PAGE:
- Materials structure and deterioration of craft materials
All students undertake an independent research project which culminates in a dissertation of 15,000 words.
Teaching and learning
The programme is delivered through a combination of seminars, lectures, small-group tutorials, workshops and practical projects. Some modules include visits to conservation workshops and museums, including the British Museum, National Trust and the Museum of London. Assessment is through coursework, essays, poster, portfolio, project reports and the dissertation.
Institute of Archaeology Master's Awards: A small number of grants of £1,000 are available for the academic year 2017/18. All UK/EU and Overseas fee paying students with an offer to start any Master's degree offered by the IoA are eligible to apply. For an application form please email Lisa Daniel. The deadline for applications is 1 March 2017.
For a comprehensive list of the funding opportunities available at UCL, including funding relevant to your nationality, please visit the Scholarships and Funding website.
The Institute of Archaeology has a long history of training in conservation, and many of its graduates are now employed in key posts around the world. Many students go on to take the Conservation for Archaeology and Museums MSc. Others pursue careers in preventive conservation and collections management in local and national museums, art galleries and heritage organisations (mainly in Europe, North America and Asia). Some students have also used this degree as a platform to become a PhD candidate at both UCL and elsewhere.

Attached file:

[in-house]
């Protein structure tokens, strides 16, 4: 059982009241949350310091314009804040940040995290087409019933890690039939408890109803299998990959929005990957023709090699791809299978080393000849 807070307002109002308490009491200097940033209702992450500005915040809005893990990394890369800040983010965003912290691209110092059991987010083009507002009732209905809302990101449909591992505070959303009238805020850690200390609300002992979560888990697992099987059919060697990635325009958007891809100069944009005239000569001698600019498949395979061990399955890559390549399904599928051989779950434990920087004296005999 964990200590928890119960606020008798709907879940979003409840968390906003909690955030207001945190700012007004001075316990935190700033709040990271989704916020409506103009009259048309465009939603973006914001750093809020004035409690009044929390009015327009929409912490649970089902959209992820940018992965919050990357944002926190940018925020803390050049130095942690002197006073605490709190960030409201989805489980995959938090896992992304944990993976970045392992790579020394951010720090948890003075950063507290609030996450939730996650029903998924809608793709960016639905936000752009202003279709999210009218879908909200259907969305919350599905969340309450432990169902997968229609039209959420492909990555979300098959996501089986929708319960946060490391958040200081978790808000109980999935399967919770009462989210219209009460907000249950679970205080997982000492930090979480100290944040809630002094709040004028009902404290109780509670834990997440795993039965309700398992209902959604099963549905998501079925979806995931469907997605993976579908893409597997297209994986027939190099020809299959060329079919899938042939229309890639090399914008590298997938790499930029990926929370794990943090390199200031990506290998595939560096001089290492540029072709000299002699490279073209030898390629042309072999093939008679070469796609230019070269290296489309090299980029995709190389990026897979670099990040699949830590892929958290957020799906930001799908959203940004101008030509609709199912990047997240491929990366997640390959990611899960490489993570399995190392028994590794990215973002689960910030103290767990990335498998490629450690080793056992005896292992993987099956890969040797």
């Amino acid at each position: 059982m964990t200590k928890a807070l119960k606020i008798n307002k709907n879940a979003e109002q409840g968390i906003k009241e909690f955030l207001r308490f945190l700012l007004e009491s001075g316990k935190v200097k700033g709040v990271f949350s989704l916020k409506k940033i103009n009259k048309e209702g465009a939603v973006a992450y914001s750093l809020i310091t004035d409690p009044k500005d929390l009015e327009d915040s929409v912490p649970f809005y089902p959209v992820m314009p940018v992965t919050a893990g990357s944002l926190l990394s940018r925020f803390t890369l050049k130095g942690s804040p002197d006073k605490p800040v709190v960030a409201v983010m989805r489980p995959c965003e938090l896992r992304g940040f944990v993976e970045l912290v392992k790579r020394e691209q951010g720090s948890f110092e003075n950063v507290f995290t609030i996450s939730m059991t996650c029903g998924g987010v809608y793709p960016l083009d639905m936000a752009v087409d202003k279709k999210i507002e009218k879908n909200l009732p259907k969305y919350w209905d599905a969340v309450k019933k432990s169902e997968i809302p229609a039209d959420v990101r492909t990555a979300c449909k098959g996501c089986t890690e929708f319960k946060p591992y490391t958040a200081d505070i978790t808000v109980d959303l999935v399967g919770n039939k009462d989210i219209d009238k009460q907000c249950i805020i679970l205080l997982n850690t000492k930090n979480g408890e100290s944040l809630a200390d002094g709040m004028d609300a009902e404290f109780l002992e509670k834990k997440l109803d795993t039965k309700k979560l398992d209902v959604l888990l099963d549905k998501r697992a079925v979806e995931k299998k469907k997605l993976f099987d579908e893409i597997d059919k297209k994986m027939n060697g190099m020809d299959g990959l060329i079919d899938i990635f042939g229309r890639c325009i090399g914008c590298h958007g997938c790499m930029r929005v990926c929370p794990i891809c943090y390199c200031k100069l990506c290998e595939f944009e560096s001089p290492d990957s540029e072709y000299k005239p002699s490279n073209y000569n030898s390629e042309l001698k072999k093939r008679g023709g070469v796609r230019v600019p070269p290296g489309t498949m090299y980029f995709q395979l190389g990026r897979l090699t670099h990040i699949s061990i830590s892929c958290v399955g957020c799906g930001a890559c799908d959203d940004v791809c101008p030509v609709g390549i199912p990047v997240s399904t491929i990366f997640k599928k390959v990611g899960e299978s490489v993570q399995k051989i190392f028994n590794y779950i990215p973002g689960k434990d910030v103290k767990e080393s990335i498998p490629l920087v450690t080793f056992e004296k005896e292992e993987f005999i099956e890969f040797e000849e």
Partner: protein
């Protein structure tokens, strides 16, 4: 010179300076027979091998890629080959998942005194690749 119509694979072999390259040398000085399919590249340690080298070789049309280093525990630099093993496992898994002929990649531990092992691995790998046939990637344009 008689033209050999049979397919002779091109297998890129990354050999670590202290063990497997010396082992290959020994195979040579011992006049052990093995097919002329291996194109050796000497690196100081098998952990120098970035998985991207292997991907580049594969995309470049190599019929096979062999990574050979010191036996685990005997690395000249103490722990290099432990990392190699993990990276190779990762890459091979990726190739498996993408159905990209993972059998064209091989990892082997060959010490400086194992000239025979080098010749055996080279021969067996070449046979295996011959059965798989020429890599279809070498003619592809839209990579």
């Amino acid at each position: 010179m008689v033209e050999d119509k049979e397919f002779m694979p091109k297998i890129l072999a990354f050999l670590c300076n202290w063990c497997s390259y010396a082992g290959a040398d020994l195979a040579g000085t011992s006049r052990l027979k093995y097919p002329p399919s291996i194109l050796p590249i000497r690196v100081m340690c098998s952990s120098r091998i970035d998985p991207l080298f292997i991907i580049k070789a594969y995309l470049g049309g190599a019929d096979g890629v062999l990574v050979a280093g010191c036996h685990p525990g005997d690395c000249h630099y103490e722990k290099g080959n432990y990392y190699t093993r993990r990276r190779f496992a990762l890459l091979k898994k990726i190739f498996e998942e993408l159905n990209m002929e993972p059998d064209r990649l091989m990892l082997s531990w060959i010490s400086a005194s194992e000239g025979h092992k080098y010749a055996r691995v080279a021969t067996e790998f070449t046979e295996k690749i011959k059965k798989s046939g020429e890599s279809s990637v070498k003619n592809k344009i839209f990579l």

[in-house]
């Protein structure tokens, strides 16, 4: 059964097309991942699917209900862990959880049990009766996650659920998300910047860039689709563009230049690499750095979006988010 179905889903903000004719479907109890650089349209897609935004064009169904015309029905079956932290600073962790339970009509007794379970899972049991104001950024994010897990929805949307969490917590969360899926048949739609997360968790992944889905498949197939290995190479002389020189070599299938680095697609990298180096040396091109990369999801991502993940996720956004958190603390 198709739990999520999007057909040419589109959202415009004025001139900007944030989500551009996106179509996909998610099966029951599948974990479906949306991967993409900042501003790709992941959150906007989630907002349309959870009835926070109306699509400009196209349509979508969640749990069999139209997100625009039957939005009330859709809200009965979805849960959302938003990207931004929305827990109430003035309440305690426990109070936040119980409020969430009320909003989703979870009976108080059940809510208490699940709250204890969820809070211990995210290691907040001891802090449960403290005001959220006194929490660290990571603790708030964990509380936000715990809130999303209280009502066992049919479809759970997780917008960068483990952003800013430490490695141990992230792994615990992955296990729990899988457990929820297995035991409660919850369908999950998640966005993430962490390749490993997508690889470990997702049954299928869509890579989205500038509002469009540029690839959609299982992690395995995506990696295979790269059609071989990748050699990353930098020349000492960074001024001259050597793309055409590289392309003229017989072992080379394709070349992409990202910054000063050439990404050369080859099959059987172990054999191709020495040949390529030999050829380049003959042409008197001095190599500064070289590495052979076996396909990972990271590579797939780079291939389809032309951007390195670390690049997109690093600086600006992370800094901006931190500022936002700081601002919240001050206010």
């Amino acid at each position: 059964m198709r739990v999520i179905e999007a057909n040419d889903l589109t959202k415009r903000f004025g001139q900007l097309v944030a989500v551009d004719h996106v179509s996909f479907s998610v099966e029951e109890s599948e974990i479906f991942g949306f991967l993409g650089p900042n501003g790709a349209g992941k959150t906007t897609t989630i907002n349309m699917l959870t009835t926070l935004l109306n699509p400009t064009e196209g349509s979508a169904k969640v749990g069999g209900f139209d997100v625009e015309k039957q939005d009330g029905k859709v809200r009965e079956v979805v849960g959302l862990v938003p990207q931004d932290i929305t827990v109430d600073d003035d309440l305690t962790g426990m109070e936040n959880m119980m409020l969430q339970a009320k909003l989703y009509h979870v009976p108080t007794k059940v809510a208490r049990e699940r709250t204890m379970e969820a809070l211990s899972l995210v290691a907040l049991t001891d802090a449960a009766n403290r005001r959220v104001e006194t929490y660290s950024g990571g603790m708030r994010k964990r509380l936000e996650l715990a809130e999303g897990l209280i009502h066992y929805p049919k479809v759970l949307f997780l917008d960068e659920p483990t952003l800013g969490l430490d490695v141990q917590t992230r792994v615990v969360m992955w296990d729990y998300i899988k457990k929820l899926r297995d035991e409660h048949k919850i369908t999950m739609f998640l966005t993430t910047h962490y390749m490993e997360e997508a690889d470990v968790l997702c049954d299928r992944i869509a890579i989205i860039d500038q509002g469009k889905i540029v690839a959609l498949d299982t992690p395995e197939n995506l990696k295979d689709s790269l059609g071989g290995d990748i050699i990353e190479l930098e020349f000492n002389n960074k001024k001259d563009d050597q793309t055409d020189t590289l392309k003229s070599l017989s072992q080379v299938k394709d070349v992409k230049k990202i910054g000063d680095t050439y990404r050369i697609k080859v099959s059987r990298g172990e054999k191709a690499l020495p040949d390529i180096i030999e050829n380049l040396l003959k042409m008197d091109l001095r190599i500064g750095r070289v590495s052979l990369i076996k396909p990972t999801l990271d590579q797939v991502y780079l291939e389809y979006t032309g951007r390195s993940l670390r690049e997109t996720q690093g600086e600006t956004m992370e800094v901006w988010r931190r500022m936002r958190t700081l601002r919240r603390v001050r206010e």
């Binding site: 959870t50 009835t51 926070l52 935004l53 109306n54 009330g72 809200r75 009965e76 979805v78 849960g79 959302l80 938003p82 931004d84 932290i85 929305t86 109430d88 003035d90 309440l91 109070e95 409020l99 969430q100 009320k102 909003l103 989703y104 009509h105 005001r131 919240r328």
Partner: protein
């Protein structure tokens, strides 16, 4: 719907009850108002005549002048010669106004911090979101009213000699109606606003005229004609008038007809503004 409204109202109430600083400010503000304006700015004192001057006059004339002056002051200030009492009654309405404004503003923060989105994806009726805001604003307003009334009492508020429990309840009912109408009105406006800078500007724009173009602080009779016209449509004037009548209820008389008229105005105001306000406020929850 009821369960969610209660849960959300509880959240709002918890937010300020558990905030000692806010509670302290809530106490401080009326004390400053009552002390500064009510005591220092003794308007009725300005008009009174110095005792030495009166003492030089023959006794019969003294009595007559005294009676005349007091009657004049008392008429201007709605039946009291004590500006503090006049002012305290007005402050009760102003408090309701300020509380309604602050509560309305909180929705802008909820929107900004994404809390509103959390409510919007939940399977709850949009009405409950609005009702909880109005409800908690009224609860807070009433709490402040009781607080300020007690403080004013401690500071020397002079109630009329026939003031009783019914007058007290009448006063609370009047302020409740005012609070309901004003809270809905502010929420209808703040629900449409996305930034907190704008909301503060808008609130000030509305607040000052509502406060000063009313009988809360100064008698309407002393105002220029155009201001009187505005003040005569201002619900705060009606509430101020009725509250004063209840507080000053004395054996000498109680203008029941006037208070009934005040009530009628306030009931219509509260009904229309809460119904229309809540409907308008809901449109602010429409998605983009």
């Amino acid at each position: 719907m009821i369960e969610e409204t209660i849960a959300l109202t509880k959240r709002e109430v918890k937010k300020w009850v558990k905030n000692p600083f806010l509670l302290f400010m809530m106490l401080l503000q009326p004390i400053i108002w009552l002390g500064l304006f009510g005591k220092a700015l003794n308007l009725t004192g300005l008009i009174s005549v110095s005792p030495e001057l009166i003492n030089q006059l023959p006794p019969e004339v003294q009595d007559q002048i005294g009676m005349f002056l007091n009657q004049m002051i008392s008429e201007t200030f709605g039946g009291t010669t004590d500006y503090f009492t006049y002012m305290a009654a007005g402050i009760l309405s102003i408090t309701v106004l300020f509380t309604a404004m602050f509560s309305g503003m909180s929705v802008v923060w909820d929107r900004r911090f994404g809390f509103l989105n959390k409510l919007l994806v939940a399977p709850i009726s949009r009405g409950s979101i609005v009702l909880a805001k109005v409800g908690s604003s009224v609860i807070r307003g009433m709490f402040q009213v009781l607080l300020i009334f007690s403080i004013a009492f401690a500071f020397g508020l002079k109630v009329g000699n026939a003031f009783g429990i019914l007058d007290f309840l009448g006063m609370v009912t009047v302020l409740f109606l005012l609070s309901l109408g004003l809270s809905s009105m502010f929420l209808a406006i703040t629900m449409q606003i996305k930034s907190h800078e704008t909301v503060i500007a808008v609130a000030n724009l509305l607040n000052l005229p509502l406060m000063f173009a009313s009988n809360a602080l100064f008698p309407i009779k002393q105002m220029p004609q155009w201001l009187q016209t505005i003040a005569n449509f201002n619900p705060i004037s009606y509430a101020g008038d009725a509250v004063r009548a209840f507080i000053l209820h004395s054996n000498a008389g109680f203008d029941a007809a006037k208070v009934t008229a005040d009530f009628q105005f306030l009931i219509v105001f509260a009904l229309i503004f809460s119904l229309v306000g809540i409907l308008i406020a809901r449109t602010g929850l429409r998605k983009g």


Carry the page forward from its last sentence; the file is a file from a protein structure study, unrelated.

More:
Recent career destinations for this degree
- Conservator/Preparator, The Natural History Museum
- Assistant Curator, Tower of London
- MLitt Art, Style and Design, Christie's Education
- Historic Property Steward, English Heritage
Knowledge and skills acquired during the programme include the understanding of the roles conservators play in the care and study of cultural heritage, and the ethical issues involved. This is complemented by a basic understanding of raw materials, manufacturing technologies, assessment of condition and the ways in which different values and meanings are assigned to cultural objects. The student will be able to perform visual examination techniques as well as assessments and monitoring of museum collections. They will also be proficient in various types of documentation, analysis of numerical data, report writing, and presentation of conservation issues through posters, social media, talks and essays.
Careers data is taken from the ‘Destinations of Leavers from Higher Education’ survey undertaken by HESA looking at the destinations of UK and EU students in the 2012–2014 graduating cohorts six months after graduation.
Why study this degree at UCL?